In Sumerian mythology, Ninhursag is the Earth and Mother Goddess, one of the seven great deities of Sumer. She is principally a Fertility Goddess. Temple hymn sources identify her as the 'true and great lady of heaven' and kings of Sumer were 'nourished by Ninhursag's milk'. She is typically depicted wearing a horned head-dress and tiered skirt, often with bow cases at her shoulders, and not infrequently carries a mace or baton surmounted by an omega motif or a derivation, sometimes
Buk (or Abek) is a Fertility Goddess, still worshiped by some of the Dinka and Nuer people of Sudan. She is the Goddess of Rivers and Streams. She's the mother of Deng, God of Rain, but unlike her son she never loses her temper. She also has two thriving daughters: Candit and Nyaliep. She represents the fertile aspect of women, and thus rules over gardens, and her symbol is a small snake.
Danu is the Irish earth Goddess, mother of the Tuatha Dé Danann (people of the Goddess Danu). Danu is an ancient Goddess, and was worshipped extensively throughout Western Europe, ruling over rivers, magic, fertility, wells, and wisdom. She gives her name to many European places, including the Danube River and the country of Denmark. Danu, whose name means “wisdom”, was known as Don in Wales, and her name is also seen as Dana or Danann.
Rhiannon, Welsh Goddess of the earth, fertility, horses and birds, who also has links to the Underworld
Druantia is the Celtic Goddess of Fir Trees and Fertility. Her names derives from the Indo-European root “deru” meaning tree or wood. Also called the Queen of the Druids, Druantia is associated with the fertility of both plants and humans, ruling over sex and passion. She is credited with the creation of the Celtic tree calendar, which divides the year into 13 months that correspond to the cycles of the moon. One association that is frequently mistaken with Druantia is with the Dryads—while b...
Mater Matuta from the Estruscan city of Chiusi (4th c. BCE) -- In Roman religion, Mater Matuta was the goddess of the ripening of grain and of women's fertility. Her worship in Italy was widespread and of ancient origin. The festival of the Mater Matuta (the Matralia) was held on June 11.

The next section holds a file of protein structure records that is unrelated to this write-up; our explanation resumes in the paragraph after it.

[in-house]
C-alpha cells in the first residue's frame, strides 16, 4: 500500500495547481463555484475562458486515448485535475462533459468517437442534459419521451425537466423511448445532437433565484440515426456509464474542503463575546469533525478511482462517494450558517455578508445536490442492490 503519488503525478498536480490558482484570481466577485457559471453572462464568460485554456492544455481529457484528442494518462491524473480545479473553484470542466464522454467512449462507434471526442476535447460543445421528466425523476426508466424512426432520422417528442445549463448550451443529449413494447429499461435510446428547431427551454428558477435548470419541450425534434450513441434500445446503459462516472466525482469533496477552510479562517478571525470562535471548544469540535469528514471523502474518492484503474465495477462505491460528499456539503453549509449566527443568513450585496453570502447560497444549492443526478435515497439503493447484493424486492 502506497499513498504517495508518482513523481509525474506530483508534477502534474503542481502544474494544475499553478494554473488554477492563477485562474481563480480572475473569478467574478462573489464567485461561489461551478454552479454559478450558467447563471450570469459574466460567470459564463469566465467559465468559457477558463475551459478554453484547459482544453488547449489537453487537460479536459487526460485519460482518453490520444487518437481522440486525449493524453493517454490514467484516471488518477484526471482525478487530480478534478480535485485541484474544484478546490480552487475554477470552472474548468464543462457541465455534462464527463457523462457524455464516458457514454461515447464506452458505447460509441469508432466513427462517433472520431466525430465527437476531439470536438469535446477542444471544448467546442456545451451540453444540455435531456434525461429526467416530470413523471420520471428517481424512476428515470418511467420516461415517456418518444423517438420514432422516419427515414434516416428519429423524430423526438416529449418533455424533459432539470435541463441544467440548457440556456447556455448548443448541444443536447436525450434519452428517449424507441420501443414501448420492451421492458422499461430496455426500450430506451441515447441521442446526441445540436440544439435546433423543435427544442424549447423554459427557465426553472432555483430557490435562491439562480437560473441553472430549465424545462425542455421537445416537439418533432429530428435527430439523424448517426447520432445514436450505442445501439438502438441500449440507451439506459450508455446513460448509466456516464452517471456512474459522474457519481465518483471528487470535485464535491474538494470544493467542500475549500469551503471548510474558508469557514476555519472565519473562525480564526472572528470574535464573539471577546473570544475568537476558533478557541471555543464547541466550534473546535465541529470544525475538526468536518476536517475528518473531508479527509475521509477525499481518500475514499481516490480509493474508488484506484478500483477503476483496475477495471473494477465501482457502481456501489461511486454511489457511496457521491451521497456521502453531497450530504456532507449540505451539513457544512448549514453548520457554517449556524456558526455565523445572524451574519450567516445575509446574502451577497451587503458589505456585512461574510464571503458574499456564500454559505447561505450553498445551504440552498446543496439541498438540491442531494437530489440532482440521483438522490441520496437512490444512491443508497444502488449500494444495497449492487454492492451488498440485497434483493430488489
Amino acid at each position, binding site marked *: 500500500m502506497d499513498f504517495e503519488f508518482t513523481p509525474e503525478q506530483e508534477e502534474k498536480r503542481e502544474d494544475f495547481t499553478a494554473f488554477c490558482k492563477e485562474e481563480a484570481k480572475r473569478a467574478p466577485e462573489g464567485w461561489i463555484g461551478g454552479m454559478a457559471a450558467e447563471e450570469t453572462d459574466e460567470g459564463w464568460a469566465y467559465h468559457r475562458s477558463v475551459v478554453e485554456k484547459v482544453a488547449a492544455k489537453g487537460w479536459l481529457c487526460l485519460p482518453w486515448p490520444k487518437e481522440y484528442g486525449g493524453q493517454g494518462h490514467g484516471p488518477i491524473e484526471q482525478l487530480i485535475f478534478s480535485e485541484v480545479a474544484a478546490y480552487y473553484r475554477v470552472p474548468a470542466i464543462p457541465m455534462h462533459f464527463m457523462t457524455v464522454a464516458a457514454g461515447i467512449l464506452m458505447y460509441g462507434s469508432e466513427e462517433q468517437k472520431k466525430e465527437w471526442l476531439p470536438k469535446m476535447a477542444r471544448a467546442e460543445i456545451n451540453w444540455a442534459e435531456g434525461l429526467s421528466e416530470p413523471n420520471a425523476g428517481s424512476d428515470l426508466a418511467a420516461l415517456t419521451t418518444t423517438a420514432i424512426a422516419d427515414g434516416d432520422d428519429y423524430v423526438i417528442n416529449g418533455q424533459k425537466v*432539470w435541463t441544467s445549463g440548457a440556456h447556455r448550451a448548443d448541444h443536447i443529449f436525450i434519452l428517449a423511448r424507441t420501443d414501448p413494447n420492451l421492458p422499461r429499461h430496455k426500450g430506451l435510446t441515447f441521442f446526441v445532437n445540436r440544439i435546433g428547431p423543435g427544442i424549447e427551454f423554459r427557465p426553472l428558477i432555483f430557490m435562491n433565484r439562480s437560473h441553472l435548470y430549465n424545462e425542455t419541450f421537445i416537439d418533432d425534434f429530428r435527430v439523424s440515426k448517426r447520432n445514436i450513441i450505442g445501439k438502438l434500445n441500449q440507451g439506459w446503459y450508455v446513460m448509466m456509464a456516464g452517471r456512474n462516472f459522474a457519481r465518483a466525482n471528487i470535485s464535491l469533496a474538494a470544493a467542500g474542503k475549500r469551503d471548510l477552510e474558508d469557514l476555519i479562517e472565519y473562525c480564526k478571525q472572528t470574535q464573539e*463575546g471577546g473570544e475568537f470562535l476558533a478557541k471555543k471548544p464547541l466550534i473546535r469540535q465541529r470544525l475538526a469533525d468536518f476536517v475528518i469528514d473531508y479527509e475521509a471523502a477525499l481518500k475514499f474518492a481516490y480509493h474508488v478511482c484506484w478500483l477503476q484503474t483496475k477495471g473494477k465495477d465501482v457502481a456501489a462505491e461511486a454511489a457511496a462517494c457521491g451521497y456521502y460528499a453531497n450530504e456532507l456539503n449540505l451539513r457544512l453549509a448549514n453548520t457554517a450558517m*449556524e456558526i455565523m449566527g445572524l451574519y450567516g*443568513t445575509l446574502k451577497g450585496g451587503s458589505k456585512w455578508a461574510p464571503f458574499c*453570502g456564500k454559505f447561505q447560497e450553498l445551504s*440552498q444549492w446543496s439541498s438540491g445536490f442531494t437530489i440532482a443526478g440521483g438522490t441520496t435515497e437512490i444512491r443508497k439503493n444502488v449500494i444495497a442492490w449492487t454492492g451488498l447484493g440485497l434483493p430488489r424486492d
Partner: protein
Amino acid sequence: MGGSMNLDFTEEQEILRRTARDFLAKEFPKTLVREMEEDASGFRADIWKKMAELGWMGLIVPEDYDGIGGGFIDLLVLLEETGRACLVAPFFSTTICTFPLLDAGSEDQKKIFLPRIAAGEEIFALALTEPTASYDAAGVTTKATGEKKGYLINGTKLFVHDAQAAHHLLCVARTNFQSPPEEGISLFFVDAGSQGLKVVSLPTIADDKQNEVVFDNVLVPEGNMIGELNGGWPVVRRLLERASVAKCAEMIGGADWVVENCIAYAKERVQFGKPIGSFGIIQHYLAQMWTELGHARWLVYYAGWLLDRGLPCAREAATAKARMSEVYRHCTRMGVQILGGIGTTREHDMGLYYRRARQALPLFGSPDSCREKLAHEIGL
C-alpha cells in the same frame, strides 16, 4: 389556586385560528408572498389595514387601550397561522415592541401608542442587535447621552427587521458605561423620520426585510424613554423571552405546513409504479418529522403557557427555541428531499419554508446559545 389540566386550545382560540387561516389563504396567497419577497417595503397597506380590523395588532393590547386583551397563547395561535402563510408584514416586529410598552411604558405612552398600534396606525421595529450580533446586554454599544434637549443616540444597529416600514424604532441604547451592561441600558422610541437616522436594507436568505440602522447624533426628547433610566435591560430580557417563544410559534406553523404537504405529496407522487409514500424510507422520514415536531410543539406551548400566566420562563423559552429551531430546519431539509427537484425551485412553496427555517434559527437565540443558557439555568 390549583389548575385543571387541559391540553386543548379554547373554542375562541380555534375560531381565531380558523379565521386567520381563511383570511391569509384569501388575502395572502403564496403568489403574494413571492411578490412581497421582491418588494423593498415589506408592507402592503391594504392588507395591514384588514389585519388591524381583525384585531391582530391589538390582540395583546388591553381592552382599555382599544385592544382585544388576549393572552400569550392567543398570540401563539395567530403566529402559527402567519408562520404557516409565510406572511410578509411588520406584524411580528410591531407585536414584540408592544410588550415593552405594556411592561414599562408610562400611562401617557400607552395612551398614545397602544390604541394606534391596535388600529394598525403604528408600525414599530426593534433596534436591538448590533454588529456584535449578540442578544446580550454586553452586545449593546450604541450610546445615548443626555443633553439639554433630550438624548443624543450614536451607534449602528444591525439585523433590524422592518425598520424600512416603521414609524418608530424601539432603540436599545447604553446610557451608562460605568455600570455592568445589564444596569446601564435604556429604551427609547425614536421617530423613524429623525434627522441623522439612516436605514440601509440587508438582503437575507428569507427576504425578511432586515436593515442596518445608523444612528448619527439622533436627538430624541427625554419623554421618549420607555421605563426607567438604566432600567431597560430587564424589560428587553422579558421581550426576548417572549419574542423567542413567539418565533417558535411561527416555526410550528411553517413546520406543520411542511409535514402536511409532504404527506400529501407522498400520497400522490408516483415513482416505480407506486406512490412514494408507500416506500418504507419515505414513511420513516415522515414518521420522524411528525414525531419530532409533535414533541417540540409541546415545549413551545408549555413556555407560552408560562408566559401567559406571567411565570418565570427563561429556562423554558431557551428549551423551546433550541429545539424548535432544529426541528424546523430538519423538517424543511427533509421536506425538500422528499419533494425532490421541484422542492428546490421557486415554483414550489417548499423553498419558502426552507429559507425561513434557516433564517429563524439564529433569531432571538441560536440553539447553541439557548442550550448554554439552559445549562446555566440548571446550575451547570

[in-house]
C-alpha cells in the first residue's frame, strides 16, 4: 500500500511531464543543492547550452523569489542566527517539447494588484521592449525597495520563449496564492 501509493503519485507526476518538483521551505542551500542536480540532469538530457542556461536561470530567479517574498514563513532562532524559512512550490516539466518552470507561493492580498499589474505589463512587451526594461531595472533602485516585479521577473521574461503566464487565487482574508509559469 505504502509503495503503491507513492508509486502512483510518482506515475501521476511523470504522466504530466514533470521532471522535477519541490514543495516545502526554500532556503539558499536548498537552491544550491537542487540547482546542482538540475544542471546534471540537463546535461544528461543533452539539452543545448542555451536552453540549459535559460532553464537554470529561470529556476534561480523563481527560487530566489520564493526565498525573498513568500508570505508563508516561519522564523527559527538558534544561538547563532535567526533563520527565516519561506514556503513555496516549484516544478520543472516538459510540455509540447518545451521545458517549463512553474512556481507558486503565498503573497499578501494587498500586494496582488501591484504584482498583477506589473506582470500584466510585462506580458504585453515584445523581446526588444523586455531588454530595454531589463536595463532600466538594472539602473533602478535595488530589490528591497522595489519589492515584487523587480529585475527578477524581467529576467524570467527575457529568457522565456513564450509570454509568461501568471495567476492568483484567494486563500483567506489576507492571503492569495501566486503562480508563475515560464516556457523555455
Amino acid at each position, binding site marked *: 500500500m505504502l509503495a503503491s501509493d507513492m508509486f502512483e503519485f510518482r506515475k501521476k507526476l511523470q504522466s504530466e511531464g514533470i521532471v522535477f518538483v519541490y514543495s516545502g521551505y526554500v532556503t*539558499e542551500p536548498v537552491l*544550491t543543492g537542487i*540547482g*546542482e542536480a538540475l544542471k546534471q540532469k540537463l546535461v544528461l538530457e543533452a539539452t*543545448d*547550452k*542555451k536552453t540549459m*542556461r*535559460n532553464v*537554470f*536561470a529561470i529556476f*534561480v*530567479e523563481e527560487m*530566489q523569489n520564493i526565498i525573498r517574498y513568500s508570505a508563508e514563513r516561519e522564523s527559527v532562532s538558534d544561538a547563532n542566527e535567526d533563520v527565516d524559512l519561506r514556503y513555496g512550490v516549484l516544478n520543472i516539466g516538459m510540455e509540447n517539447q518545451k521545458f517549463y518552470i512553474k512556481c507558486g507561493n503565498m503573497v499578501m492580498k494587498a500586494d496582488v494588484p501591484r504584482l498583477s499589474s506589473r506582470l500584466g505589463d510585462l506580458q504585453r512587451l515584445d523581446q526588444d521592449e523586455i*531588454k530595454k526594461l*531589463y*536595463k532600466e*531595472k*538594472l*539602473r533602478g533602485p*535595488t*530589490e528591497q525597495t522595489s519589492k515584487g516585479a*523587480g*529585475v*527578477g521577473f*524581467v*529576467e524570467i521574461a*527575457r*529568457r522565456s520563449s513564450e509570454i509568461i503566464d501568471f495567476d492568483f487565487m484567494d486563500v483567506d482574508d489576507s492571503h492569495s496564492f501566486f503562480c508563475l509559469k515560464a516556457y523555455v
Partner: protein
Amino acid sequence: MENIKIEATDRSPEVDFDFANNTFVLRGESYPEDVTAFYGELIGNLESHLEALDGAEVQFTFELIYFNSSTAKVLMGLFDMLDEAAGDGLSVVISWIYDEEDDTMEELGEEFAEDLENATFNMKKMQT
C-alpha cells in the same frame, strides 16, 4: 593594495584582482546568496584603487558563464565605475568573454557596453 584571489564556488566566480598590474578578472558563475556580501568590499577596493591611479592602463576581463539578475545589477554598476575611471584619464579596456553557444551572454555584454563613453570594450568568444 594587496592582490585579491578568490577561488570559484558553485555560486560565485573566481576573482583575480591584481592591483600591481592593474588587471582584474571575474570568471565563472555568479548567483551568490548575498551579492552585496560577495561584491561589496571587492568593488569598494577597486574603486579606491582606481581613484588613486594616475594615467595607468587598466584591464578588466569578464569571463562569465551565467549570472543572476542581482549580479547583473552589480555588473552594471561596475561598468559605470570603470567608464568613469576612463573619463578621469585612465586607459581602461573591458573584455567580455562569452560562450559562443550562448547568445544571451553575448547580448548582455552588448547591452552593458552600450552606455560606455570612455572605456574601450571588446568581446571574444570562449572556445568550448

Nane was an Armenian pagan Mother Goddess. She was the Goddess of War, Wisdom, and Motherhood, and the daughter of the supreme God Aramazd. Nane looked like a young beautiful woman in the clothing of a warrior, with spear and shield in hand, like the Greek Athene, with whom she was identified in the Hellenic period.
Boldogasszony is the Hungarian Goddess of Motherhood and Birth. She watches over children and assists with birth. With the coming of Christianity, she was replaced by the Virgin Mary, but one of Hungary’s most famous churches, Sarlos Boldogasszony (Visitation of Our Lady), still bears her name. Boldogasszony means “happy mistress”, and she is also known as Nagyasszony (big mistress) or Kisasszony (little mistress).
Mokosh (aka Makosh). A goddess of fertility, water, and women in old #Slavic #mythology. According to folk belief she shears sheep and spins thread. The name itself is derived from the word combination maty kota ‘mother of the cat,’ that is, ‘mother of good fortune.’ She is related to All Mother Goddesses.
"Brid, the great mother goddess of Ireland, represents fertility, childbirth, power, creativity and inspiration. Also known as Brighid, Brigit and Bride, she is credited as a protectress and guardian of children; also a Goddess of fire, the sun, music and medicine. " This image copyright © Jessica Galbreth 2002.
Aysyt is the Yakut Mother Goddess of the Turkic Yakut of Siberia. The name means "birthgiver" and may also be called the "Mother of Cradles". Her full name is given as Ajysyt-ijaksit-khotan, meaning "Birthgiving nourishing mother". Ajysyt was responsible for conducting the soul of a newborn child to its birth and attended every birth. Women would channel Ajysyt, believing that doing so would relieve them of pain during childbirth.
Frigga is a Norse Goddess. She is the wife of Odin, and ruler over love, birth, marriage, destiny, and the sky. She weaves the sky and fates, and is considered responsible for the fertility of crops (due to the rain and sun from the sky). She is considered the “All mother